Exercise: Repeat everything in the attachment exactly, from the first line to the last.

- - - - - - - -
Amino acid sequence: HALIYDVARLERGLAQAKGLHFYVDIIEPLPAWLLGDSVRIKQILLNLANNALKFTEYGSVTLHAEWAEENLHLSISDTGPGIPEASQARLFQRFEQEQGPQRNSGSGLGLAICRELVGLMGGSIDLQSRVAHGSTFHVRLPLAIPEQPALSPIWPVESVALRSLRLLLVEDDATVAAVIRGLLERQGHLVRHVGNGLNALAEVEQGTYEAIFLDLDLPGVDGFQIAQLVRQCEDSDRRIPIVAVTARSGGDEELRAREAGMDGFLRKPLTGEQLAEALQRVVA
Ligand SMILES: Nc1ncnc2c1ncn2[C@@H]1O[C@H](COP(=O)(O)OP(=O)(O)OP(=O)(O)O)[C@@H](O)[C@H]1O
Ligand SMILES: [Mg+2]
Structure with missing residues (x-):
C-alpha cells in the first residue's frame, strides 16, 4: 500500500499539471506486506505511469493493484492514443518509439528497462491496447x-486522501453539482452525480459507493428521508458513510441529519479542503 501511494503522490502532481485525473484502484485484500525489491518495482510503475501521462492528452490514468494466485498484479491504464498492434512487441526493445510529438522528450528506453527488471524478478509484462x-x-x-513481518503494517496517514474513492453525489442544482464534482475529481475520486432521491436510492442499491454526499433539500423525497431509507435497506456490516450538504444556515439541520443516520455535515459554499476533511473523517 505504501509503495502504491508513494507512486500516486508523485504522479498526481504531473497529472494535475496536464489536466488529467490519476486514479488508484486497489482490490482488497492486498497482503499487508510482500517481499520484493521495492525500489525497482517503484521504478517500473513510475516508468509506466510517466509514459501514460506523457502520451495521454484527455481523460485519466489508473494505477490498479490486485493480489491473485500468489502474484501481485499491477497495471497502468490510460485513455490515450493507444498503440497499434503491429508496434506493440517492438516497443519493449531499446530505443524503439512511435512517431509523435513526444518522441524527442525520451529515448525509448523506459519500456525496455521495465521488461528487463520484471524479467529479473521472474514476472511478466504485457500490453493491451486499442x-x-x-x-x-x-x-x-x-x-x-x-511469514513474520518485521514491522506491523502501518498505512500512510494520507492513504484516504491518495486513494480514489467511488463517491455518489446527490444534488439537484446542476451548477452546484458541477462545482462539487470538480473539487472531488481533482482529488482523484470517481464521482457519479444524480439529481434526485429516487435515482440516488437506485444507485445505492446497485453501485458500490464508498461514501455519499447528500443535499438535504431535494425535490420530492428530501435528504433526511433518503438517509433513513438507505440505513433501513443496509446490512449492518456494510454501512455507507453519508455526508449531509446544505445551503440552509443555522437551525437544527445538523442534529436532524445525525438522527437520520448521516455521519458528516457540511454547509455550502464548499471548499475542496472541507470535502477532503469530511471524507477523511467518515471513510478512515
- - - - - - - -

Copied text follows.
Amino acid sequence: HALIYDVARLERGLAQAKGLHFYVDIIEPLPAWLLGDSVRIKQILLNLANNALKFTEYGSVTLHAEWAEENLHLSISDTGPGIPEASQARLFQRFEQEQGPQRNSGSGLGLAICRELVGLMGGSIDLQSRVAHGSTFHVRLPLAIPEQPALSPIWPVESVALRSLRLLLVEDDATVAAVIRGLLERQGHLVRHVGNGLNALAEVEQGTYEAIFLDLDLPGVDGFQIAQLVRQCEDSDRRIPIVAVTARSGGDEELRAREAGMDGFLRKPLTGEQLAEALQRVVA
Ligand SMILES: Nc1ncnc2c1ncn2[C@@H]1O[C@H](COP(=O)(O)OP(=O)(O)OP(=O)(O)O)[C@@H](O)[C@H]1O
Ligand SMILES: [Mg+2]
Structure with missing residues (x-):
C-alpha cells in the first residue's frame, strides 16, 4: 500500500499539471506486506505511469493493484492514443518509439528497462491496447x-486522501453539482452525480459507493428521508458513510441529519479542503 501511494503522490502532481485525473484502484485484500525489491518495482510503475501521462492528452490514468494466485498484479491504464498492434512487441526493445510529438522528450528506453527488471524478478509484462x-x-x-513481518503494517496517514474513492453525489442544482464534482475529481475520486432521491436510492442499491454526499433539500423525497431509507435497506456490516450538504444556515439541520443516520455535515459554499476533511473523517 505504501509503495502504491508513494507512486500516486508523485504522479498526481504531473497529472494535475496536464489536466488529467490519476486514479488508484486497489482490490482488497492486498497482503499487508510482500517481499520484493521495492525500489525497482517503484521504478517500473513510475516508468509506466510517466509514459501514460506523457502520451495521454484527455481523460485519466489508473494505477490498479490486485493480489491473485500468489502474484501481485499491477497495471497502468490510460485513455490515450493507444498503440497499434503491429508496434506493440517492438516497443519493449531499446530505443524503439512511435512517431509523435513526444518522441524527442525520451529515448525509448523506459519500456525496455521495465521488461528487463520484471524479467529479473521472474514476472511478466504485457500490453493491451486499442x-x-x-x-x-x-x-x-x-x-x-x-511469514513474520518485521514491522506491523502501518498505512500512510494520507492513504484516504491518495486513494480514489467511488463517491455518489446527490444534488439537484446542476451548477452546484458541477462545482462539487470538480473539487472531488481533482482529488482523484470517481464521482457519479444524480439529481434526485429516487435515482440516488437506485444507485445505492446497485453501485458500490464508498461514501455519499447528500443535499438535504431535494425535490420530492428530501435528504433526511433518503438517509433513513438507505440505513433501513443496509446490512449492518456494510454501512455507507453519508455526508449531509446544505445551503440552509443555522437551525437544527445538523442534529436532524445525525438522527437520520448521516455521519458528516457540511454547509455550502464548499471548499475542496472541507470535502477532503469530511471524507477523511467518515471513510478512515